Life & Letters

Correspondence

About this Item

Title: Walt Whitman to John H. Johnston, 25 September [1877]

Date: September 25, 1877

Source: Transcribed from digital images or a microfilm reproduction of the original item. For a description of the editorial rationale behind our treatment of the correspondence, see our statement of editorial policy.

Notes for this letter were derived from Walt Whitman, The Correspondence, ed. Edwin Haviland Miller, 6 vols. (New York: New York University Press, 1961–1977).

Location: The Charles E. Feinberg Collection of the Papers of Walt Whitman, 1839–1919, Library of Congress, Washington, D.C.

Whitman Archive ID: loc.02555

Contributors to digital file: Alicia Bones, Anthony Dreesen, Eder Jaramillo, Kevin McMullen, and Nicole Gray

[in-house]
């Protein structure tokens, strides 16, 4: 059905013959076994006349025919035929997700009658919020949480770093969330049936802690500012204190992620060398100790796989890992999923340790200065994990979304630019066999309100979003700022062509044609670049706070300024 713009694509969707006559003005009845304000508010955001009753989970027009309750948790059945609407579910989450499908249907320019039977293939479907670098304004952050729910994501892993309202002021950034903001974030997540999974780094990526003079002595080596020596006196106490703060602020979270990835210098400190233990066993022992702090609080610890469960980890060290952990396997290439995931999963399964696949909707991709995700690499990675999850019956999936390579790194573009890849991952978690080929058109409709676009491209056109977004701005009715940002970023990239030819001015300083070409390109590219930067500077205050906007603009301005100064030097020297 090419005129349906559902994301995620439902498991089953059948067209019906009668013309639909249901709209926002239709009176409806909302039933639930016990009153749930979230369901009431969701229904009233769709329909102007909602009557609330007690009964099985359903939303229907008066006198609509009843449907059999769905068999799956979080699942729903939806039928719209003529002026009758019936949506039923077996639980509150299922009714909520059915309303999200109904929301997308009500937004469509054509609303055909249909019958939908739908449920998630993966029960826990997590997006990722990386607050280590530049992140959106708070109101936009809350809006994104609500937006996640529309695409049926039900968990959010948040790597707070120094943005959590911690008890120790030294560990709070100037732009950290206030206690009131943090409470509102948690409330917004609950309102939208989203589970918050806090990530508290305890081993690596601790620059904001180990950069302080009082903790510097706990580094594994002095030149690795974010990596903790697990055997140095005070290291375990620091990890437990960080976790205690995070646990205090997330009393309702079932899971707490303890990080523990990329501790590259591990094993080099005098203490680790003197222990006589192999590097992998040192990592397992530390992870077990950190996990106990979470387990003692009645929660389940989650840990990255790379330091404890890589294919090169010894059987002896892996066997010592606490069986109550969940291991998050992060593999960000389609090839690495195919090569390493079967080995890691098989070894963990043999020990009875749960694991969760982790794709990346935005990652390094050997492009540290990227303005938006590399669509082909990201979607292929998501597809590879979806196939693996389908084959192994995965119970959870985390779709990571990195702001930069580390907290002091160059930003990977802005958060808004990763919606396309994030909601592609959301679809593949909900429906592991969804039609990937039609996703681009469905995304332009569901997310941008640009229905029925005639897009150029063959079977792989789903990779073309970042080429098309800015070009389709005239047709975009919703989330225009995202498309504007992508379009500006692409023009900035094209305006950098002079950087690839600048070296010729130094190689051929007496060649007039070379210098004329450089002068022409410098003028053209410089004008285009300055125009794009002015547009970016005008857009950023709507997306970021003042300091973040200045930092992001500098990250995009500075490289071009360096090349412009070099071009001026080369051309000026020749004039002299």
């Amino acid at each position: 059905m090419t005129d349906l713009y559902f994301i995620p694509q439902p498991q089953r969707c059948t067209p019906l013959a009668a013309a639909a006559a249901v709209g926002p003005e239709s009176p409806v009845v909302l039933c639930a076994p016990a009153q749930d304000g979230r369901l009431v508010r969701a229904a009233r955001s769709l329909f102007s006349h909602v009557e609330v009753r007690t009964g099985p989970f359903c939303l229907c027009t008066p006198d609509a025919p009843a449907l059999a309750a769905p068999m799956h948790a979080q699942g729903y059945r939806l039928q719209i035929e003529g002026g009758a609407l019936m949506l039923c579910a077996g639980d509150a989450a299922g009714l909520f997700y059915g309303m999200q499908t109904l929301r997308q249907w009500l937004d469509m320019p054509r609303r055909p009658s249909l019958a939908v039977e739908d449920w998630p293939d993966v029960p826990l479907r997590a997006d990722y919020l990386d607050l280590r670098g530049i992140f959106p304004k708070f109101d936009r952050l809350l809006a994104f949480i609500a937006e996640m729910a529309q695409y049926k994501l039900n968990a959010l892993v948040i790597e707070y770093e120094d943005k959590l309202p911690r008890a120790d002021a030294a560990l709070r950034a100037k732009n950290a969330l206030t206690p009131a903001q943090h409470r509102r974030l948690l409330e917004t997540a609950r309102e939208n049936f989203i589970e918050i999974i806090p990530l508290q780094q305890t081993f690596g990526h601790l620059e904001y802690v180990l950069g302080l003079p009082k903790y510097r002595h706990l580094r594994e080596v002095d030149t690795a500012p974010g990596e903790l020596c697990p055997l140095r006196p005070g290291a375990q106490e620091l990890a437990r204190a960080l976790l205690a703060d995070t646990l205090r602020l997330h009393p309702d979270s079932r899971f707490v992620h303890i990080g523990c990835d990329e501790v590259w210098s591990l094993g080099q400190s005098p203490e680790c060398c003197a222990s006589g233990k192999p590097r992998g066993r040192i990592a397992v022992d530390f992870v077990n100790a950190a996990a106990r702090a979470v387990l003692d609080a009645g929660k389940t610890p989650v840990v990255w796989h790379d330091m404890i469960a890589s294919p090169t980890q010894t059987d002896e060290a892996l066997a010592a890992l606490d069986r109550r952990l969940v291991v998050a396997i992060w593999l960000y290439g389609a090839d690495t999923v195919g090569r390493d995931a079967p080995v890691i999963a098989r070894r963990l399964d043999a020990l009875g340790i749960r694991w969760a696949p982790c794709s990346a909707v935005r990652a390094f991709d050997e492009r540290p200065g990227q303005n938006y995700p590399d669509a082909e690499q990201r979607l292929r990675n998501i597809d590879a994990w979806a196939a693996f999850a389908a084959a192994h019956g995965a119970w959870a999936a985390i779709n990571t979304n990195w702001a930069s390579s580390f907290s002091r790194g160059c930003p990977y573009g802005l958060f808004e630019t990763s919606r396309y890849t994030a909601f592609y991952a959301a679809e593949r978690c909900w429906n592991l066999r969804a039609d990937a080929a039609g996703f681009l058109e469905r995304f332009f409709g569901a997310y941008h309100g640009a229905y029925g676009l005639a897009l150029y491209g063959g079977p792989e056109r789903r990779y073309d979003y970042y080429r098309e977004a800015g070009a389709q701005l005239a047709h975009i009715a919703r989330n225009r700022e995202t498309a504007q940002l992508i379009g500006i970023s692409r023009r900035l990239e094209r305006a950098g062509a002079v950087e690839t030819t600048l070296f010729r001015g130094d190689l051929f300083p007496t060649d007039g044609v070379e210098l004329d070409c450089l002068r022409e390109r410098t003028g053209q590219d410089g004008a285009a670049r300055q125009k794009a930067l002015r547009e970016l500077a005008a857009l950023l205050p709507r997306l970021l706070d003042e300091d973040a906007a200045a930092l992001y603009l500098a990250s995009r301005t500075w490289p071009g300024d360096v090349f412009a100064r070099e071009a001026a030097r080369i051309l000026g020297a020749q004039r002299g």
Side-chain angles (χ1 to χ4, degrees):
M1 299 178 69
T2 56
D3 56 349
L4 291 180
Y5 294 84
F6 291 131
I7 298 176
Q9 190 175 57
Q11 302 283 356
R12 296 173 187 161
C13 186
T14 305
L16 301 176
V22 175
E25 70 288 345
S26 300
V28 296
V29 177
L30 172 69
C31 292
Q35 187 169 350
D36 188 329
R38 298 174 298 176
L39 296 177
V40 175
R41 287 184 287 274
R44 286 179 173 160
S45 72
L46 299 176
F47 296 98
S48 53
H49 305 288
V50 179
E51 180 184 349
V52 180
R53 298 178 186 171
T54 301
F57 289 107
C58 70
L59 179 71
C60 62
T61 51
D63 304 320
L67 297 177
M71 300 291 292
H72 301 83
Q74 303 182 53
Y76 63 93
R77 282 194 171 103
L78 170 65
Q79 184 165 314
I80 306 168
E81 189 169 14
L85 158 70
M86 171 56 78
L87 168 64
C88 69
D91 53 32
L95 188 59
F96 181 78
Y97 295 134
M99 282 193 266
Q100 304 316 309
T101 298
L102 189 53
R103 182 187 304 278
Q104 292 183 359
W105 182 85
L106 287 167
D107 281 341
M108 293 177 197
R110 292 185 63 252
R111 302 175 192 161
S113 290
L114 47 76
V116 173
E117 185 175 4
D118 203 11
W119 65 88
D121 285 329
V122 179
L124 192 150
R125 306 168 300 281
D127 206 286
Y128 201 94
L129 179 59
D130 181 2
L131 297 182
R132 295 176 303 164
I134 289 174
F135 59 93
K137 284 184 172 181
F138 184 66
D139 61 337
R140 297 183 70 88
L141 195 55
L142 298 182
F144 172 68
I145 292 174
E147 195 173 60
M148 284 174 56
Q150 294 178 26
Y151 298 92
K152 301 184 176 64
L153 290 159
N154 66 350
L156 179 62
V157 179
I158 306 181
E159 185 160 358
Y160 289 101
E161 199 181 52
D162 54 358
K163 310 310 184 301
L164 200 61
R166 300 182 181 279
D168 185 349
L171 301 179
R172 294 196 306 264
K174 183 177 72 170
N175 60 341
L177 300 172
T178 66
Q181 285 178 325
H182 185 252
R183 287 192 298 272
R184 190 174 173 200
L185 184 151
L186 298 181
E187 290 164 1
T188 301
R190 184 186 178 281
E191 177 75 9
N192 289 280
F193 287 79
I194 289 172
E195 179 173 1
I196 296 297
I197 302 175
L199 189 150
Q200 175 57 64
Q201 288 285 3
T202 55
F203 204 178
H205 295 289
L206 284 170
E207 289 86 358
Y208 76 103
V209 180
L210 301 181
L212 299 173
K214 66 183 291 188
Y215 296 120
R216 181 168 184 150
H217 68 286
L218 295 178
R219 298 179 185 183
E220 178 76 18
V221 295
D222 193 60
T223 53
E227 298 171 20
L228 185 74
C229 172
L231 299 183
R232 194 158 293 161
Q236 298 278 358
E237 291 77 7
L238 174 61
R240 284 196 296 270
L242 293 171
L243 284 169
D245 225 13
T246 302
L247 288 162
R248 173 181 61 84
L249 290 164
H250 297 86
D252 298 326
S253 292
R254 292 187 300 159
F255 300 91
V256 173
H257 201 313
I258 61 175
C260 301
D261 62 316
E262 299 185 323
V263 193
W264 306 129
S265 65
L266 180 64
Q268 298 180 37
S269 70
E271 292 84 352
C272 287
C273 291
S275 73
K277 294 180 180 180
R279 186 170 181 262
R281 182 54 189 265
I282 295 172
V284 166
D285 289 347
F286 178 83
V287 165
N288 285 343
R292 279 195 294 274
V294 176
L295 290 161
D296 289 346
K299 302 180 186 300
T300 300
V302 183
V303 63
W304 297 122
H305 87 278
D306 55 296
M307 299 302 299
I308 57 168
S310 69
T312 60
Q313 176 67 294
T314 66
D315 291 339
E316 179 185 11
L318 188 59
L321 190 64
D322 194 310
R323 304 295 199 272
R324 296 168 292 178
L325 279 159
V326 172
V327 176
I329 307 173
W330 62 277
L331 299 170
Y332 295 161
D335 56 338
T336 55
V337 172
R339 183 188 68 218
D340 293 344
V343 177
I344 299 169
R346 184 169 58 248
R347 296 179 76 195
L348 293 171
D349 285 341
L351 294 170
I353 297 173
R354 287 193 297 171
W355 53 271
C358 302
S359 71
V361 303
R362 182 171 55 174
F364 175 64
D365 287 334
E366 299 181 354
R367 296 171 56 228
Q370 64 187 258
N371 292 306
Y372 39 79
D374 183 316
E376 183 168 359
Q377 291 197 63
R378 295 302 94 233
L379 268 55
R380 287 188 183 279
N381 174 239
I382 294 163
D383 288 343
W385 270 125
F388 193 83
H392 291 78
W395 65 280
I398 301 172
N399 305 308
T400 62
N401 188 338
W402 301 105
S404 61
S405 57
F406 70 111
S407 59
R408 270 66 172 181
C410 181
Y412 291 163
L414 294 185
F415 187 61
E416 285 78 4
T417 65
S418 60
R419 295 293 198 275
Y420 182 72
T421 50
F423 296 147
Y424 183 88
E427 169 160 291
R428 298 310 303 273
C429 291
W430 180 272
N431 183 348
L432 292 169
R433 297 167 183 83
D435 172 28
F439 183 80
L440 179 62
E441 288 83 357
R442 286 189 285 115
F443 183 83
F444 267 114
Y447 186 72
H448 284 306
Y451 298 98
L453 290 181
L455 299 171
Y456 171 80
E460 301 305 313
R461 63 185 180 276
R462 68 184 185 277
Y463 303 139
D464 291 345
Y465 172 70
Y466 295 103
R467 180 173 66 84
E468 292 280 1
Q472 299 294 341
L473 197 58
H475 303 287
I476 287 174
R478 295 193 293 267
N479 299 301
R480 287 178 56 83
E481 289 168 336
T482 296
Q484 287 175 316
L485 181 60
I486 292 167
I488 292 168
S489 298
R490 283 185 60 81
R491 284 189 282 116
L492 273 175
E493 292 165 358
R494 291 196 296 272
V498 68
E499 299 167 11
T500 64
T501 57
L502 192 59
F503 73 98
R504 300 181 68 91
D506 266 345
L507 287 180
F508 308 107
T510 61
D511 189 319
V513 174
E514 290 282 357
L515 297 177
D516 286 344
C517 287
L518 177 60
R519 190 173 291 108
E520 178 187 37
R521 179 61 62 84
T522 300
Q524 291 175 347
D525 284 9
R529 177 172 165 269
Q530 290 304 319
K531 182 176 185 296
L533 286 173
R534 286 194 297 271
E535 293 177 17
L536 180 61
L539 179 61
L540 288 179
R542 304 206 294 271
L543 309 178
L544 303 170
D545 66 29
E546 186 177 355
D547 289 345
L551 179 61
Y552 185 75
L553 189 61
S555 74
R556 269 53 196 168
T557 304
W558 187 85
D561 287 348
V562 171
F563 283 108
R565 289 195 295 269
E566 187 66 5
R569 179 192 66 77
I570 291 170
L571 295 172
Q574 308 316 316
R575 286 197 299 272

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431 Stevens Street
Camden New Jersey
Sept 251

Dear Johnston

How are you—& all?—I want to hear about Al and May—& I want to hear about the baby—Please do a little thing for me—there was a white tea-cup & saucer, a "moustache-cup" given me by a soldier, & I left it at your house—if it is unbroken & still there, please have some of your fellows box it neatly & express it here to me—How are all your fellows in the store? Tell them I remember them all so well & so pleasantly—

—I have been down in the country at a secluded primitive farm all summer, living much of the time outdoors by a solitary woody pond, (half the time naked or half-naked)—am now quite fat & all tanned & red—Love to you, my friend—


Walt W

Where & how is Waters? Where is the picture?


Notes:

1. Since this letter apparently refers to Whitman's extended visits to Kirkwood in 1877 and to his stay with the Johnstons in March, the year is almost positive. The reference in the last line to G.W. Waters, who had recently painted the poet's portrait, also points to this year. [back]


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